Ever since the very first time I finished Secret of Mana, I remember playing it many more times with my friends until I knew the entire game like the back of my hand. I really hoped that there would be a sequel, but the closest thing that ever came out (at least in the US) was Secret of Evermore. It was quite a similar game to its spiritual predecessor, but the more similarities I found, the more differences I tended to notice, and Secret of mana was not exactly the kind of game you wanted to be too different from.

The Role You Play

Secret of Evermore features a boy and his dog (both names TBD) from the small town of Podunk USA. After walking out of a movie theatre trying to find a way to return to their hometown of Podunk after his dog wanders into an abandoned mansion and discovers some scientific experiment that transports them both to the world of Evermore. The boy is able to utilize a variety of weapons to fight off enemies and is able to learn to combine ingredients in order to use alchemy, which functions a lot like magic. He is accompanied by his dog who can also attack enemies and sniff out alchemy ingredients.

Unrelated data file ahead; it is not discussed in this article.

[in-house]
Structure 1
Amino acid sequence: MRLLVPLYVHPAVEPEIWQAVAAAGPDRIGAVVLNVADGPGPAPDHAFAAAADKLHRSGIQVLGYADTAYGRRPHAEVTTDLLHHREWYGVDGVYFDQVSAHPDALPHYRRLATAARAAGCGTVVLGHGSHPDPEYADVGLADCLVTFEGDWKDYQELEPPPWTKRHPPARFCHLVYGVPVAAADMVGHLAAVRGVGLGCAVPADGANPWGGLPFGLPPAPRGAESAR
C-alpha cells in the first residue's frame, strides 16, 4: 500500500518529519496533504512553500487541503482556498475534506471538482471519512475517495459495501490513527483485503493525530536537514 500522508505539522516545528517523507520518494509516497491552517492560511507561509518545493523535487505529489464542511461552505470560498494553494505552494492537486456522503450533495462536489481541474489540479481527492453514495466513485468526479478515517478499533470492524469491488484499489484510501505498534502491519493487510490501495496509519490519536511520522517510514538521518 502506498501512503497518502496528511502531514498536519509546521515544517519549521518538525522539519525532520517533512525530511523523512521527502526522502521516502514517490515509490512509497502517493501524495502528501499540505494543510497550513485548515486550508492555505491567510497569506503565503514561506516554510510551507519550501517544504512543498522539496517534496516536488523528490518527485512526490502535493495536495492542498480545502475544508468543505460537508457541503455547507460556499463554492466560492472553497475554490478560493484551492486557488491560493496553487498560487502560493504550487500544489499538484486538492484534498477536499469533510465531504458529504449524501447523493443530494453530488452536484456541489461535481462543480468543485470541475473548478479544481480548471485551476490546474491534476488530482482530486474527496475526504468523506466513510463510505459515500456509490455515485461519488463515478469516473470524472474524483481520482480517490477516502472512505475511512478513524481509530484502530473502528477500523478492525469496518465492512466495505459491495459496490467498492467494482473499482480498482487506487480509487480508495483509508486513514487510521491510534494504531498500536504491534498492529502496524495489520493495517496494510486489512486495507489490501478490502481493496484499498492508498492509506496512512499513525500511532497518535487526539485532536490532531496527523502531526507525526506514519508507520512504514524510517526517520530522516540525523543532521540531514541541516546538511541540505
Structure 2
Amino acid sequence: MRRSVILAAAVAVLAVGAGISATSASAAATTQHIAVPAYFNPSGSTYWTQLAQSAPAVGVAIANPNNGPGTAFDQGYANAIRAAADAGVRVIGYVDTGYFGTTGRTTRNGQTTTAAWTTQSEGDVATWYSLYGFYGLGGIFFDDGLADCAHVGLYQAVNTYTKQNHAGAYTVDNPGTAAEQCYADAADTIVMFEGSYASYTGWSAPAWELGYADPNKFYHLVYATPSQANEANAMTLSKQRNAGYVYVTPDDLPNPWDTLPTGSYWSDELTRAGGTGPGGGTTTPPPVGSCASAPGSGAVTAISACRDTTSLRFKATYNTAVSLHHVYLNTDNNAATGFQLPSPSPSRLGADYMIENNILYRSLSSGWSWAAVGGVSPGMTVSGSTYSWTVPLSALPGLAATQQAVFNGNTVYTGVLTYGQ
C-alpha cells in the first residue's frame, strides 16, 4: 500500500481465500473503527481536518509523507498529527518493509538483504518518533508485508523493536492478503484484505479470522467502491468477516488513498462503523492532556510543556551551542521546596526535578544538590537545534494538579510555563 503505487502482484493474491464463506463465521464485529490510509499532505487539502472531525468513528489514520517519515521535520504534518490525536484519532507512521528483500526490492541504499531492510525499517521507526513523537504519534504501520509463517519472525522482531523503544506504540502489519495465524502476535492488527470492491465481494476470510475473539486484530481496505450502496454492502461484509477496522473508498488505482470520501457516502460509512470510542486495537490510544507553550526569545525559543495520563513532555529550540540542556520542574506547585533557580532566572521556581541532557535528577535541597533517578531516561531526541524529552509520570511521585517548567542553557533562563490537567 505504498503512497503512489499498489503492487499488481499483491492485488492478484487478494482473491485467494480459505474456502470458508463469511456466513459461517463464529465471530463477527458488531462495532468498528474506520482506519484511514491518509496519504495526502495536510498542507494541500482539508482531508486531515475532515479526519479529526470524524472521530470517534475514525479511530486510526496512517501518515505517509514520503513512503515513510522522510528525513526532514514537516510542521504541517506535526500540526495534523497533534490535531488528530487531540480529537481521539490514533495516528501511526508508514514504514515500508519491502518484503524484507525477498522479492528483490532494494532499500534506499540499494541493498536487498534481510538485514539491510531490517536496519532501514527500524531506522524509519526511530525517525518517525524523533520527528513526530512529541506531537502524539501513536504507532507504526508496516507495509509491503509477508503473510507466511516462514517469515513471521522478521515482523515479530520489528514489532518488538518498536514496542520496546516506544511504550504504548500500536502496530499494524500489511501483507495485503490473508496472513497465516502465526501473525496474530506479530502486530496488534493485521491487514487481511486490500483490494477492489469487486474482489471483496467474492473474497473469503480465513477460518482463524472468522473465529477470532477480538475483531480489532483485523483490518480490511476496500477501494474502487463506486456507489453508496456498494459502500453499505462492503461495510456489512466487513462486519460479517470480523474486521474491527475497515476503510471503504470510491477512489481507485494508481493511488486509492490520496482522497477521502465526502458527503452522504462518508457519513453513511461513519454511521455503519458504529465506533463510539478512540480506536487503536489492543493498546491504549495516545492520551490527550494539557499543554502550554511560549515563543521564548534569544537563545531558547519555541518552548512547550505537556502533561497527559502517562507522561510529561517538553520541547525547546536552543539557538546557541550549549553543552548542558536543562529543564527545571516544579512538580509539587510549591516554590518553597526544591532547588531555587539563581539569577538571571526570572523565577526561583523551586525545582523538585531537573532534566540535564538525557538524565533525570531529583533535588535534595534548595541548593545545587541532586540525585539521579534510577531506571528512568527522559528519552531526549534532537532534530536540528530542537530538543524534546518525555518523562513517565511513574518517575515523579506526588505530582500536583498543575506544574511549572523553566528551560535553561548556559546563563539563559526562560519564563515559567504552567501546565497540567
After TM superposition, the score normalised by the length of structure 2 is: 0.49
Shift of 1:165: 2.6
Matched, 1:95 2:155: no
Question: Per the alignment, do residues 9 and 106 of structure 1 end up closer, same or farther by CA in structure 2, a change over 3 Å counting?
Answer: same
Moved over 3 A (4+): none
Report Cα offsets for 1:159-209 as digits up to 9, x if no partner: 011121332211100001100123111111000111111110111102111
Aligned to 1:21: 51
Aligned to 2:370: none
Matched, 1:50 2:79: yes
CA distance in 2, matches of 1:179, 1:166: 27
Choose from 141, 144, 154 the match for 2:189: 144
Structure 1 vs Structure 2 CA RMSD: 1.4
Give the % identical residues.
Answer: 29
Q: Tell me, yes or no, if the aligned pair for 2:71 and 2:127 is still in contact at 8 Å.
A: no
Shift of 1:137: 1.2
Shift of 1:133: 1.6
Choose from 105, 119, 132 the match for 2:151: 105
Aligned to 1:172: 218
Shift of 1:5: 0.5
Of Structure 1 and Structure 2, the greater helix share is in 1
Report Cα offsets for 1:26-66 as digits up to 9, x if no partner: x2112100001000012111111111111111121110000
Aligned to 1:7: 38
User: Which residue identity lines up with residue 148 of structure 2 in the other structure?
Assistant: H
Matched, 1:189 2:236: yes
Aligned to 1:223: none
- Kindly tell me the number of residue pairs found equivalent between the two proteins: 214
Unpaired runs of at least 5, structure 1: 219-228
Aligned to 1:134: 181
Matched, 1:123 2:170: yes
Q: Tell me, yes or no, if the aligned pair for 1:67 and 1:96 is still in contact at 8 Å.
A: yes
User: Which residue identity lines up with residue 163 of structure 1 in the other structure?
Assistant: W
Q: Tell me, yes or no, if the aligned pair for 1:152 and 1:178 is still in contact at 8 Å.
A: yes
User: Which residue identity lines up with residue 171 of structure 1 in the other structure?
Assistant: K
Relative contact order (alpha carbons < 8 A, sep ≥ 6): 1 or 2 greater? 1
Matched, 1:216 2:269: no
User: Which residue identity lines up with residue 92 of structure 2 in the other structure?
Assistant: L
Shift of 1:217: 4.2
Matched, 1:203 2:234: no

The plot begins with a scientist named Professor Ruffleburg who has created an experimental machine that generates a new world based on the imaginations of the participants. His experiment is ultimately successful, but the problem is that the professor and his three volunteers have all gotten stuck inside the experimental world of Evermore and have been stuck there for thirty years. Now the protagonist and his dog have wandered into the abandoned mansion where the experiment took place and ended up in the world of Evermore, and it is up to the boy and his dog to try and find a way out of this world for him, his dog, and the victims of the experiment gone wrong.